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Travelocity's Flying High

Showing that the travel sector is still strong despite the ticketing slowdown last fall, online travel operation Travelocity.com Inc. posted pro forma income of 9 cents per share for its fourth quarter on gross travel bookings of $630.2 million.

The effects of the Sept. 11 tragedy and subsequent downturn in travel shows clearly when fourth quarter bookings are compared with the third quarter's $784.8 million. In the year-ago quarter, bookings were $696.4 million.

Fourth quarter revenues were $68.1 million compared to $65.5 million in the fourth quarter of the prior year and $78.5 million for the third quarter of 2001.

For the year, Travelocity reported gross travel bookings were $3.1 billion, up 27 percent from the $2.5 billion reported in 2000. Revenues for 2001 were $301.8 million, exceeding 2000 pro forma revenues by 50 percent. Pro forma profits for the year were 30 cents a share, "before special items and Sabre interest."

The travel operation is 70 percent owned by Sabre Holdings Corp. .

"In an industry that had an average decline in travel bookings of 15 percent, we grew 27 percent," said Terrell B. Jones, president and chief executive officer of Travelocity. "With the economic slowdown and lingering effects of September 11, the travel industry faced some of its most difficult challenges in 2001. Yet, our business emerged from this adversity stronger than before, fueled by the growing channel shift toward online travel. That's because we deliver travel better than the physical world."

For the fourth quarter, profit before special items and Sabre interest was $4.9 million, slightly ahead of the third quarter and compared to a loss of $2.4 million, or 5 cents per share for the fourth quarter of 2000.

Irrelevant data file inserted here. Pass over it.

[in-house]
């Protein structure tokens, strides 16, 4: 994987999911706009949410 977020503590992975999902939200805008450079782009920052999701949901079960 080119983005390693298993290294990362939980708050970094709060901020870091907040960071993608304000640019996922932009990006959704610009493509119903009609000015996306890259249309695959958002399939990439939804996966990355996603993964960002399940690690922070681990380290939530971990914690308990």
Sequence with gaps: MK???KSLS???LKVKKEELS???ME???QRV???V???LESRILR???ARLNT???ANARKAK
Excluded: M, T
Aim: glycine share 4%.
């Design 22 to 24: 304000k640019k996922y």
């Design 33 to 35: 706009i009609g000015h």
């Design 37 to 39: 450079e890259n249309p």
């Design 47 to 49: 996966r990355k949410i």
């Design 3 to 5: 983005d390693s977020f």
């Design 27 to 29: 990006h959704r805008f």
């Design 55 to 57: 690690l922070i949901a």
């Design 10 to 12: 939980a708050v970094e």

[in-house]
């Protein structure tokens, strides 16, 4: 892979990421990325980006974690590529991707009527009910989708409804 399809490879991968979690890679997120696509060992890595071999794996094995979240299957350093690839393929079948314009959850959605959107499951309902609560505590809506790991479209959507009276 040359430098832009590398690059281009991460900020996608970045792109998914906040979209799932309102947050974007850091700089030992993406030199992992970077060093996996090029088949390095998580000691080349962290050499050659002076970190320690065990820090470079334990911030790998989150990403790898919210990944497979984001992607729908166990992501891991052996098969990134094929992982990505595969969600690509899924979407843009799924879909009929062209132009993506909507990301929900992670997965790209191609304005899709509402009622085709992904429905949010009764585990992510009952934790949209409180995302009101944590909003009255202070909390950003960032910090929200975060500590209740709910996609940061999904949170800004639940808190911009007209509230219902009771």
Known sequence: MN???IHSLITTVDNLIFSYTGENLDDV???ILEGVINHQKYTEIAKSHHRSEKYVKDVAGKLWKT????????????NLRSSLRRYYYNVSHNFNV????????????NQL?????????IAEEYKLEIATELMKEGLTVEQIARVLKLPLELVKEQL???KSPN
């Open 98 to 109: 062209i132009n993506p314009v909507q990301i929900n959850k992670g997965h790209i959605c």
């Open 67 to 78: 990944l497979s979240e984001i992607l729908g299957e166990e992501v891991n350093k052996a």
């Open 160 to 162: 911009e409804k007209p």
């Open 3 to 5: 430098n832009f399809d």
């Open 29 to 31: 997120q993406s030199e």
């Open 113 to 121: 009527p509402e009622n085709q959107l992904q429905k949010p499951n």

Analysts polled by Thomson/First Call on average were expecting 10 cents a share for the quarter.

Earlier this month Travelocity lowered its revenue guidance for the quarter about 9 percent, but left its earnings estimate intact. And at the time, Fort Worth, Texas-based Travelocity also said it expects 20 percent to 30 percent revenue growth for 2002.

The company attributed the revenue shortfall to unexpectedly slow sales of airline tickets during the December holiday travel period, combined with the lingering effects of the September and November tragedies and related air fare reductions.

Travelocity, which said on Jan. 7 that it had just hit the 20 million mark in ticket sales volume, closed Wednesday down 44 cents at $22.68.

At the end of the year, the company's cash and marketable securities rose to $114.1 million, compared to $71.6 million for the fourth quarter of 2000.

On a GAAP basis, which includes goodwill amortization expense and other non-cash items, the company reported a loss before Sabre interest and income taxes of $84.5 million, or $1.70 per fully diluted share, for the year, compared to a loss of $109 million, or $2.11 per fully diluted share in 2000.